Can I use a soother for Sleep Training?

Updated: Oct 2, 2020


When assessing how an individual baby falls to sleep, we often see a pattern or association that has developed over time. 


In many cases, the parent does not recognize that there is an association or they have not made the connection yet.


Part of our role is to recognize the association in an effort to see the bigger picture when making changes to a baby's sleep.  


In a lot of cases a baby will fall to sleep sucking


As a result, a baby may begin to associate falling asleep with the need to suck.

Consequently, the baby will continually need to suck back to sleep as she wakes throughout the night. 


Similarly, if a child has breastfed to sleep, they have also sucked to sleep. Throughout the night, that same baby may be given a bottle or soother to go back to sleep.


The bottle, breast, and soother are examples of props. Although the prop varies throughout the night, the overall association is still sucking.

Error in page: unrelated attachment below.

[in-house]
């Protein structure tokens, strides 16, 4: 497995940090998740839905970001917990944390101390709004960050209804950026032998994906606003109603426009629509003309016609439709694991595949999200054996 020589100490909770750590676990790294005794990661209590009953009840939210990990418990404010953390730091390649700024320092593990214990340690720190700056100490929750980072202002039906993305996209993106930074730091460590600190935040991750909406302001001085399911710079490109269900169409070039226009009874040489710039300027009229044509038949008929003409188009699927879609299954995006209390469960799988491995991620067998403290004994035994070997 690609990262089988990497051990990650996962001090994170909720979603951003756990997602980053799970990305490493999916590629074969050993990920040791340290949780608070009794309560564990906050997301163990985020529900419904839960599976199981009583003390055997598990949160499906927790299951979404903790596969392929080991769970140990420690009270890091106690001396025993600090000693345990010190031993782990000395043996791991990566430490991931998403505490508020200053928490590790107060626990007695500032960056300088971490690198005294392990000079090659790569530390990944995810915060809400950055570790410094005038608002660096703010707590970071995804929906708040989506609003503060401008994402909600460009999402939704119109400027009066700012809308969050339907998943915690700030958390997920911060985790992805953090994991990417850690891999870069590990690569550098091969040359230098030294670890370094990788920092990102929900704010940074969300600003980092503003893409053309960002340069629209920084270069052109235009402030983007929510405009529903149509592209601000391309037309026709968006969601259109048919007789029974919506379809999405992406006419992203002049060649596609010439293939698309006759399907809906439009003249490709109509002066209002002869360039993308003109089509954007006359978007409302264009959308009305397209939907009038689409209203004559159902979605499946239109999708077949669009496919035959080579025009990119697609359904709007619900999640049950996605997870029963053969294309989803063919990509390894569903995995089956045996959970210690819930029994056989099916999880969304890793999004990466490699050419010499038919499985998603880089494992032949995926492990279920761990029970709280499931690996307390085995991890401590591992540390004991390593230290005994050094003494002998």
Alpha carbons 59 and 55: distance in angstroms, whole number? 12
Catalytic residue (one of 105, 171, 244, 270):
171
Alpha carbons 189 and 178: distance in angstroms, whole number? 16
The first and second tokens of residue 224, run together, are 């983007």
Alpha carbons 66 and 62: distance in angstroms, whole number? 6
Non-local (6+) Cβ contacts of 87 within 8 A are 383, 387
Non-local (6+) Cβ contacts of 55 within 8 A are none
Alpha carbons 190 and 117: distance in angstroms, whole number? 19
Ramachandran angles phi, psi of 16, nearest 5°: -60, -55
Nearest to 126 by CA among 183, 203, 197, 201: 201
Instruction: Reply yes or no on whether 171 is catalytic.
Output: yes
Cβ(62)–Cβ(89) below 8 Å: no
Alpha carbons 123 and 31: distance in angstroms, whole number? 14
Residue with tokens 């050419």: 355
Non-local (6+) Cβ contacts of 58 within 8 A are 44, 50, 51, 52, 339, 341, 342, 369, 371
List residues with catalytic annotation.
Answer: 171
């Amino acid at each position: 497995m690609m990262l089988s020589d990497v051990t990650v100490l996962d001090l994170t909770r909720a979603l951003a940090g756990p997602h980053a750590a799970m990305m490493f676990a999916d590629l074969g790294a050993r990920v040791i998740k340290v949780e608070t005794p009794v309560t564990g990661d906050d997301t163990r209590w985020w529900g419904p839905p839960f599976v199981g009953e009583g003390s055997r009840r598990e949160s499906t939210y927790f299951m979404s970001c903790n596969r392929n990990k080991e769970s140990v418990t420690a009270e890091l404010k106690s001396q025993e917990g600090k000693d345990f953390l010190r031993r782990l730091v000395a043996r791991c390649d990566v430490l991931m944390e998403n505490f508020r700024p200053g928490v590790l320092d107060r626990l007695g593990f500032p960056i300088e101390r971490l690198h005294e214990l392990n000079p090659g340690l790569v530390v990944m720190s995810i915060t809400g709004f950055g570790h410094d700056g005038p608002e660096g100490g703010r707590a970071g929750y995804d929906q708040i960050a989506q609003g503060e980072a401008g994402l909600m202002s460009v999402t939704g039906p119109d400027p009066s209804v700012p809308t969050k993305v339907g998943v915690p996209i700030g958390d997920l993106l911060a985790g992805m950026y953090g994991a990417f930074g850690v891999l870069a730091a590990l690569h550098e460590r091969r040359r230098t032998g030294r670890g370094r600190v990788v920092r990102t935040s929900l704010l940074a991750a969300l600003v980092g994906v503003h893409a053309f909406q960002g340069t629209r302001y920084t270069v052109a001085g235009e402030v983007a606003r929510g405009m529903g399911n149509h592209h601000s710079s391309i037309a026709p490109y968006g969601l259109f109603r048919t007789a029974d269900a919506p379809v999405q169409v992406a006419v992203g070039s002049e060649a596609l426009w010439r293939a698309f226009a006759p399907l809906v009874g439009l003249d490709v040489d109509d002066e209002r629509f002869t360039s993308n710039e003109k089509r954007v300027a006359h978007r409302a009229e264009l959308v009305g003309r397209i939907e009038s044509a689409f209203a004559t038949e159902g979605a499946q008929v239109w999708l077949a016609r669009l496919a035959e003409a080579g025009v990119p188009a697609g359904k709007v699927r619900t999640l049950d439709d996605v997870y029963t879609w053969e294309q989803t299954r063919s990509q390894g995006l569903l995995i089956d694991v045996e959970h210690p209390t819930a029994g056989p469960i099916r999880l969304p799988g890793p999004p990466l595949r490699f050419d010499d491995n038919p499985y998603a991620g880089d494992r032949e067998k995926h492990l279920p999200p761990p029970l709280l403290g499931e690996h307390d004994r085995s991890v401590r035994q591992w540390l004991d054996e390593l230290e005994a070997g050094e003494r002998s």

The two types of sleep associations

We often discuss sleep associations with our clients as it is one of the biggest issues that we come across when it comes to making changes to children's sleep. There are many props that can be used to support an association.


However, when it comes to types of associations, they fall into two categories:


Sucking and Motion


A sucking association is a much stronger association than a motion association and is usually much harder to eliminate.


Sucking props come in many forms such as, sucking on the breast, sucking on the bottle, and sucking on the soother.  


In other cases, some children may suck on a thumb or a lovie to fall back to sleep.